“Limited and Temporary?”

by on April 6, 2009 · 14 comments

Like Berin, I tend to think a lot of anti-Google hysteria is over the top. But I think one place where some criticism is warranted is over the impending Google Book Search settlement. Reader Andrew W points us to his recent post on the Google Book Search settlement:

Google does not somehow become the exclusive copyright holder to orphan works. Other groups and companies are welcome to do the same thing and to also make money from it. And this particular monopoly is, contradictorily, limited and temporary. There will be well-funded competitors.

I’m not so sure. Thanks to the magic of the class action mechanism, the settlement will confer on Google a kind of legal immunity that cannot be obtained at any price through a purely private negotiation. It confers on Google immunity not only against suits brought by the actual members of the organizations that sued Google, but also against suits brought by anyone who doesn’t explicitly opt out. That means that Google will be free to mine the vast body of orphan works without fear of liability.

Any competitor that wants to get the same legal immunity Google is getting will have to take the same steps Google did: start scanning books without the publishers’ and authors’ permission, get sued by authors and publishers as a class, and then negotiate a settlement. The problem is that they’ll have no guarantee that the authors and publishers will play along. The authors and publishers may like the cozy cartel they’ve created, and so they may have no particular interest in organizing themselves into a class for the benefit of the new entrant. Moreover, because Google has established the precedent that “search rights” are something that need to be paid for, it’s going to be that much harder for competitors to make the (correct, in my view) argument that indexing books is fair use.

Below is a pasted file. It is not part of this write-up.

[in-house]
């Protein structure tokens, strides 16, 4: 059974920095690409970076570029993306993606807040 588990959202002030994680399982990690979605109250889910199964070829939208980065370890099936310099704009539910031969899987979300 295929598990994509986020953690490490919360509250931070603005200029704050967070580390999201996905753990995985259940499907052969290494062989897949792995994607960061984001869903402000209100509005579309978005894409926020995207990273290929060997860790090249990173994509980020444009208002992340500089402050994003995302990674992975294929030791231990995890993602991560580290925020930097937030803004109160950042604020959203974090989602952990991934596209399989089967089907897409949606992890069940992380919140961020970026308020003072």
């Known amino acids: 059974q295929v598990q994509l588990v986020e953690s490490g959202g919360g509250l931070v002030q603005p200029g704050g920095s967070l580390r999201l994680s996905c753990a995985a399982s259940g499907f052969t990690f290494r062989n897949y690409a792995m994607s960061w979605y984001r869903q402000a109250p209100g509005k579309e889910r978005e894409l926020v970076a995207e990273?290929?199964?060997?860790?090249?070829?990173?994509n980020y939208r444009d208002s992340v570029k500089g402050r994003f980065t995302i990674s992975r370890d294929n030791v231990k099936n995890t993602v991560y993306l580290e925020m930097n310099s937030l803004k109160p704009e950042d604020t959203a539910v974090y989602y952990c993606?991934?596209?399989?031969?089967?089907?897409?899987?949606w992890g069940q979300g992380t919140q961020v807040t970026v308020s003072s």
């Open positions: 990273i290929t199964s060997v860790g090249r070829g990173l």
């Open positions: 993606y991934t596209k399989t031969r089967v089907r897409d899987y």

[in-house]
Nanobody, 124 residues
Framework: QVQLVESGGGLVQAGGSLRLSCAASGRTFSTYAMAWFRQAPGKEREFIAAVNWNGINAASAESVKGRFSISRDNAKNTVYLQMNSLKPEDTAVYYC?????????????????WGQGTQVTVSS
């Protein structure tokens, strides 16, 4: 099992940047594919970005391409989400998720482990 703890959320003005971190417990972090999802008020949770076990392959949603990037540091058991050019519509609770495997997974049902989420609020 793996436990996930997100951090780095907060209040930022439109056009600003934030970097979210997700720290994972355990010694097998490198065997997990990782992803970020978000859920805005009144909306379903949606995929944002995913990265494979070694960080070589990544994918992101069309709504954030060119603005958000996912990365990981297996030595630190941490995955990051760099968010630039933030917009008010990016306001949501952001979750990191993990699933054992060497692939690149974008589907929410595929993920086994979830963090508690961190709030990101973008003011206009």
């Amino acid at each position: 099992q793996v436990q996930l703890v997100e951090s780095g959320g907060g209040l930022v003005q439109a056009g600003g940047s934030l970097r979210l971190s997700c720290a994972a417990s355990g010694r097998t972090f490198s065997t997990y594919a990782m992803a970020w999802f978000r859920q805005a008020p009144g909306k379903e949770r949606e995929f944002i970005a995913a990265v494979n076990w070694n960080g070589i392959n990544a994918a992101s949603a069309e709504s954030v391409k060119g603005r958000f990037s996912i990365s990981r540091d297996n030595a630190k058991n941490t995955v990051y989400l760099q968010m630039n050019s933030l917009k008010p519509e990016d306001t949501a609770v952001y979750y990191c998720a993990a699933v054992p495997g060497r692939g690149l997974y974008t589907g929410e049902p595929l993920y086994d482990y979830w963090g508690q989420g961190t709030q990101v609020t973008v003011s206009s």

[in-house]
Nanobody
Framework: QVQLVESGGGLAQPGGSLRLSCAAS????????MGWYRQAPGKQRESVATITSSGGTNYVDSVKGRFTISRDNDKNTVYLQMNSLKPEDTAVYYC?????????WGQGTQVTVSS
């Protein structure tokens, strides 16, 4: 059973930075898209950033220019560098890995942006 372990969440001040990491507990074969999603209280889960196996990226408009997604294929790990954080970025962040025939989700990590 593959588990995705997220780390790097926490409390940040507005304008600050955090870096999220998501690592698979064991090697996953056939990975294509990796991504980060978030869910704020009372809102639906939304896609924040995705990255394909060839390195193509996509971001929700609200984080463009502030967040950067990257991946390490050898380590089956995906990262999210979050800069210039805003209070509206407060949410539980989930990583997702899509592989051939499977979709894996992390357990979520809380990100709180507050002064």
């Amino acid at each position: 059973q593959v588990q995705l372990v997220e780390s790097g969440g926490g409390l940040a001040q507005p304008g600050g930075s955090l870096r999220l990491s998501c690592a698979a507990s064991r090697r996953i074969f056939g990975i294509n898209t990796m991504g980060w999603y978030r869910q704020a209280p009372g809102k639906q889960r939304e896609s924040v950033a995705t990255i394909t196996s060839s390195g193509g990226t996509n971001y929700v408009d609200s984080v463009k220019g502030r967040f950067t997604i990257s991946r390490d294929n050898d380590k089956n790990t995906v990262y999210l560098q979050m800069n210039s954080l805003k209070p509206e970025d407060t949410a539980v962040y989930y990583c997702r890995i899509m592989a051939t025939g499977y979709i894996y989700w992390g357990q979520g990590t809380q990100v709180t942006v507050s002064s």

It seems to me that, in effect, Google has secured for itself a perpetual monopoly over the commercial exploitation of orphan works. Google’s a relatively good company, so I’d rather they have this monopoly than the other likely candidates. But I certainly think it’s a reason to be concerned.

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